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Canterbury Tales

13 Nov canterbury-cathedral-early20cghost

One of England’s most venerable cities, Canterbury offers a rich slice through two thousand years of history, with Roman and early Christian ruins, a Norman castle, and a famous cathedral that dominates a medieval warren of time-skewed Tudor dwellings. The city began as a Belgic settlement that was overrun by the Romans and renamed Durovernum, from where they proceeded to establish a garrison, supply base and system of roads that was to reach as far as the Scottish borders. With the Roman empire’s collapse came the Saxons, who renamed the town Cantwarabyrig; it was a Saxon king, Ethelbert, who in 597 welcomed Augustine, dispatched by the pope to convert the British Isles to Christianity. By the time of his death, Augustine had founded two Benedictine monasteries, one of which – Christ Church, raised on the site of the Roman basilica – was to become the first cathedral in England. Canterbury, like any other city with such rich history, has its fair share of spooky ghost stories, including the Girl in Grey in St Margaret’s Street, the mysterious figure in white at the Marlowe Theatre, and the Robed Man of Sudbury Tower.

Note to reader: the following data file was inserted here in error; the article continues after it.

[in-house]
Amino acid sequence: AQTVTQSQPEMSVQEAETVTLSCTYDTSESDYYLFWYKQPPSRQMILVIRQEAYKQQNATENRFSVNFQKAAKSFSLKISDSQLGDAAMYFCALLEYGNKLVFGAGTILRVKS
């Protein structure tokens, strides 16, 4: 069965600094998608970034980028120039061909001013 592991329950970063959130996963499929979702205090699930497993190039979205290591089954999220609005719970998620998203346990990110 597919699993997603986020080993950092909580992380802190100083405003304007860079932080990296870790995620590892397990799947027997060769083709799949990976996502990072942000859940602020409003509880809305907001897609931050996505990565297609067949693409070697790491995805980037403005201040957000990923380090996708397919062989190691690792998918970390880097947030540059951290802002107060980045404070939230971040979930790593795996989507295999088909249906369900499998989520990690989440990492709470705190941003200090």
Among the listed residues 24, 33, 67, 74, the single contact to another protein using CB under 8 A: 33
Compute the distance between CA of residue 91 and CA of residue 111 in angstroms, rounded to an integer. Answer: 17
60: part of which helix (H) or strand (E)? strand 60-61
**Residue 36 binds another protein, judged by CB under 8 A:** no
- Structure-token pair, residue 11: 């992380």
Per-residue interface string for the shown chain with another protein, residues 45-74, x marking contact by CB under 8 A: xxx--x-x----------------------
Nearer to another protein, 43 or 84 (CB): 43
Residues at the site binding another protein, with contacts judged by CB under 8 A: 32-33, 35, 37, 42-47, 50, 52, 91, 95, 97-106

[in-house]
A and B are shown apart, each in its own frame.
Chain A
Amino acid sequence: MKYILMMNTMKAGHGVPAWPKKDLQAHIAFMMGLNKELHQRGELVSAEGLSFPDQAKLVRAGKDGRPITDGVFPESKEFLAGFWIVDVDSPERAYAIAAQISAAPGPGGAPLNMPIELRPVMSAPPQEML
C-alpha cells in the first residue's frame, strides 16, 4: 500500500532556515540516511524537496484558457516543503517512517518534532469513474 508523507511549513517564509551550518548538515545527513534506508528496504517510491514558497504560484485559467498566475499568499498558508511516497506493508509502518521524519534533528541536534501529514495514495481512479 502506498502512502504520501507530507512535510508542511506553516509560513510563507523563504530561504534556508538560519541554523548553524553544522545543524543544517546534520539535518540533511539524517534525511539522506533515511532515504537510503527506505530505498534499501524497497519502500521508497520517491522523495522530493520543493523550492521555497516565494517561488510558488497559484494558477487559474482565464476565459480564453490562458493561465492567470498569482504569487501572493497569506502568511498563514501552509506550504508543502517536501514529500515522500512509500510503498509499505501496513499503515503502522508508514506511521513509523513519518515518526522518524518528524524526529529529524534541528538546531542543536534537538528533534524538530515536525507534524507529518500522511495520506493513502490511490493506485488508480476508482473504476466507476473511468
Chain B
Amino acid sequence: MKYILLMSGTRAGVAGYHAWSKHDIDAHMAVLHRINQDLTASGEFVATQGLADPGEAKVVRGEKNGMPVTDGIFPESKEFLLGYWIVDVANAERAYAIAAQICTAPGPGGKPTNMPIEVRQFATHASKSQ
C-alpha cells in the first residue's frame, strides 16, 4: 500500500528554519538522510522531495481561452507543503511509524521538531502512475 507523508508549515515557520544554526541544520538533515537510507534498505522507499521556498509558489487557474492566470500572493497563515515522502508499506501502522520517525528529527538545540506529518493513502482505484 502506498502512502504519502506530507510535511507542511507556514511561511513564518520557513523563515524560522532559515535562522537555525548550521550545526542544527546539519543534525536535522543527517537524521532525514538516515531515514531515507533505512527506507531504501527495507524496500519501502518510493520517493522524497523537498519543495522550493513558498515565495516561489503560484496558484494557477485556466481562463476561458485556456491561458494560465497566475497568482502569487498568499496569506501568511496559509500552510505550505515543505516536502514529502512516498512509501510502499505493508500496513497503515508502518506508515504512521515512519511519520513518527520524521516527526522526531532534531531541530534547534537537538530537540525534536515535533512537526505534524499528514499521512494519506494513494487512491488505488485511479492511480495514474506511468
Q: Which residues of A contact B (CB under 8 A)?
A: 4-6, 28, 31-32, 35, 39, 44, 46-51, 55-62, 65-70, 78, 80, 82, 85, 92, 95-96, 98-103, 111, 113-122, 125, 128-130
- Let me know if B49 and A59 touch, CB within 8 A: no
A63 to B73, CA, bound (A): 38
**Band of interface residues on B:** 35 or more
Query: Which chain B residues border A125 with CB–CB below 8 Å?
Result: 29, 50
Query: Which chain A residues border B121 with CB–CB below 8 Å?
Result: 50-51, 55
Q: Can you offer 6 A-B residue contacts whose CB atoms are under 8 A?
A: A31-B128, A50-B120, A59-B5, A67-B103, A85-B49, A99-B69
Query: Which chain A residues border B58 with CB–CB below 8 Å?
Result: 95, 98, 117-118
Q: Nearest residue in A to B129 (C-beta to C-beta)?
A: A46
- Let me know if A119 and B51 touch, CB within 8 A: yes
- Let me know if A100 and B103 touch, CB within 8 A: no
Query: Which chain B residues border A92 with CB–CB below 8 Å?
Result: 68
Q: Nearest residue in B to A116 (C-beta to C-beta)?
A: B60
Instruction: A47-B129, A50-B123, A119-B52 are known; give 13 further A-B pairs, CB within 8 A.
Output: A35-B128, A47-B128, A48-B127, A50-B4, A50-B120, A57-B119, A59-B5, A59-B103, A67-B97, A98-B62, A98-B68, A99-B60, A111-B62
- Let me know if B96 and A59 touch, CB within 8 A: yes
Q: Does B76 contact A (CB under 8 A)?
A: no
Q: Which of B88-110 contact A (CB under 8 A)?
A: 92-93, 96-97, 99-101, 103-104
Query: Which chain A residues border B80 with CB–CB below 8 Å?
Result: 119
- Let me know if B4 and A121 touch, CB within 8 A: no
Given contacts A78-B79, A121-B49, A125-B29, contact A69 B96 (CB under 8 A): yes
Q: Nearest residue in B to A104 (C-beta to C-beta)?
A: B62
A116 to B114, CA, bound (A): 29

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Five things to do this Halloween

31 Oct

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If you’re at a loose end this Halloween and in the mood to be scared silly, here are some suggestions courtesy of Ghost Cities:

1 Thing to watch – the Babadook will scare you silly…

1 Thing to read – one classic by Wilkie Collins and one modern chiller by Joe Hill (slightly cheating here with two but I couldn’t resist!)

1 Thing to visit – the Witches and Wicked Bodies exhibition at the British Museum: just about the scariest place to visit this Halloween!

1 Thing to eat – here’s a ghoulishly good recipe for that old favourite: pumpkin pie!

1 Thing to listen to – what else but Saint-Saëns’ Danse Macabre?

Enjoy – Happy Halloween!

Edinburgh: Dark Deeds in the Old Town

15 Aug

With the Edinburgh Festival upon us again, I thought now would be the perfect time for a reblog of one of my Scottish-themed posts from last year…

 

 

 

Ghost Cities

I’ve always found Edinburgh a splendidly atmospheric city, which is why I’ve visited it time and again over the years. The city is perched on a series of extinct (we hope) volcanoes and rocky crags – a setting so striking that Sir Walter Scott was moved to call it “My own Romantic Town”. In my opinion, however, it was another native author, Robert Louis Stevenson, who perhaps best captured the feel of this city with the following description in Edinburgh: Picturesque Notes: “You go under arches and down dark stairs and alleys. The way is so narrow that you can lay a hand on either wall; so steep that, in greasy winter weather, the pavement is almost as treacherous as ice.”

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Royal Ghosts & Hauntings